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www.tierra21.com.ar/PresentacionProblemasAmbientalesSoluciones.ppt -

Researchers Stephen Pacala and Robert Socolow at Princeton University have suggested one approach that they call "stabilization wedges." This means reducing GHG emissions from a variety of sources with technologies available in the next few decades. They suggest 7 wedges that could each reduce emissions, and all of them together could hold emissions at approximately current levels for the next 50 years, putting us on a potential path to stabilize around 500 ppm.

There is also the potential to capture the carbon dioxide emitted from fossil fuels and store it underground—a process called "carbon sequestration." In addition to reducing the gases we emit to the atmosphere, we can also increase the amount of gases we take out of the atmosphere. Plants and trees absorb CO2 as they grow, "sequestering" carbon naturally. Increasing forestlands and making changes to the way we farm could increase the amount of carbon we're storing.

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Coastal management strategies applicable to climate change to adapt to repeated sea-level rise or a change in the pattern of storms, would be: the rollback, adaptation and defense.

Rollback strategy: this strategy, as its name suggests, is to roll back human structures that may be affected by the effects of rising sea levels and other consequences of climate change. It requires, first,to provide space to relocate the uses and resources that support the coastal section. If available, this strategy is more consistent with climate change at regional scale, and it doesn't mortgage the area in the future.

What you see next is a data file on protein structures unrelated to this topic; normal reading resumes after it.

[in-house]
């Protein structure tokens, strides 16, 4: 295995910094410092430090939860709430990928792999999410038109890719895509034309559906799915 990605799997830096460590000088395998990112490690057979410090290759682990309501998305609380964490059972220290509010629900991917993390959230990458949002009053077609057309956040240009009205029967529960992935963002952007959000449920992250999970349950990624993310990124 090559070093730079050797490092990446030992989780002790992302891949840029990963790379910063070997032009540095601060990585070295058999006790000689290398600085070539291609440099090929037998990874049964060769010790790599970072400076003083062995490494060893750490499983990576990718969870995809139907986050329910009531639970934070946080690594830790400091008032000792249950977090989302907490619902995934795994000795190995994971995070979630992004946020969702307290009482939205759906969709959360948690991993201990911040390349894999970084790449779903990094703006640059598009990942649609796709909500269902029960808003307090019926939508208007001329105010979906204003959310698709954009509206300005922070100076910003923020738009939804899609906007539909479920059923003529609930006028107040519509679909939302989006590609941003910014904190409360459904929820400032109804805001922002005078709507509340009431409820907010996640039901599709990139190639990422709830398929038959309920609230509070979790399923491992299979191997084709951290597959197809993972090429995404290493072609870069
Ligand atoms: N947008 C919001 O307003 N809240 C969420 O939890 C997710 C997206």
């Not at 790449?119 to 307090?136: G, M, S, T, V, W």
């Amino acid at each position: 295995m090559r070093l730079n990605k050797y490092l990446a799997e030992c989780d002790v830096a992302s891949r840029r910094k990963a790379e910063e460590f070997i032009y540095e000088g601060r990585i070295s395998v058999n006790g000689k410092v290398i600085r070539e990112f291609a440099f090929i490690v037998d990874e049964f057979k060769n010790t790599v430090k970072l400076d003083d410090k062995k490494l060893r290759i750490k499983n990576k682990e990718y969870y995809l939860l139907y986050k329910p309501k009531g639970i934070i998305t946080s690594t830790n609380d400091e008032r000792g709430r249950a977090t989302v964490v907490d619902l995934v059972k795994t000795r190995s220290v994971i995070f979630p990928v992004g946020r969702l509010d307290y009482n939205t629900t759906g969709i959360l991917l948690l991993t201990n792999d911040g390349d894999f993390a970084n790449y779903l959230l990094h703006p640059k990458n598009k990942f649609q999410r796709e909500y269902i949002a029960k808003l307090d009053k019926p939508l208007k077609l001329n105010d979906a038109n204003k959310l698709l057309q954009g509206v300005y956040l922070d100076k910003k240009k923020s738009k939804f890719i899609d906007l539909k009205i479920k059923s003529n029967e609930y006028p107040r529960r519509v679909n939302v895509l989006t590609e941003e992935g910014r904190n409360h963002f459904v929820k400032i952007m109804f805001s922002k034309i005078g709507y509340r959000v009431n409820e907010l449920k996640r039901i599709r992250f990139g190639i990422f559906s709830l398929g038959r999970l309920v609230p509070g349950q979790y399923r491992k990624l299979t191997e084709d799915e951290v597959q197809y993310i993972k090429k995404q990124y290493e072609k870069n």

For example, if the beaches are not confined the generally more advisable strategy is receding, as this is the natural behavior to expect in the beaches and associated dune fields. To make this strategy it would be necessary to enact a land use rules that prevent the installation of new components or activities in vulnerable areas.

In the case of soft cliffs on the rollback strategy, to let nature take its course would have similar implications to those described above for beaches. Also here you will have to define the potentially affected areas, making inventories and valuations of existing assets, limitations in use in certain areas and provide for the abandonment of buildings, etc..

For wetlands and similar areas the rollback strategy is the most appropriate in many cases because it will maintain the same total length. In other cases the inland migration of wetlands is impossible becuase of the presence of barriers of various kinds. In some cases there is no alternative and the final result is a reduction in the extent of wetlands, which will be totally or partially submerged. In other cases it is possible to eliminate the barriers (for example in areas that have simply been closed and dried), thereby facilitating migration and / or regeneration of areas previously occupied by wetlands.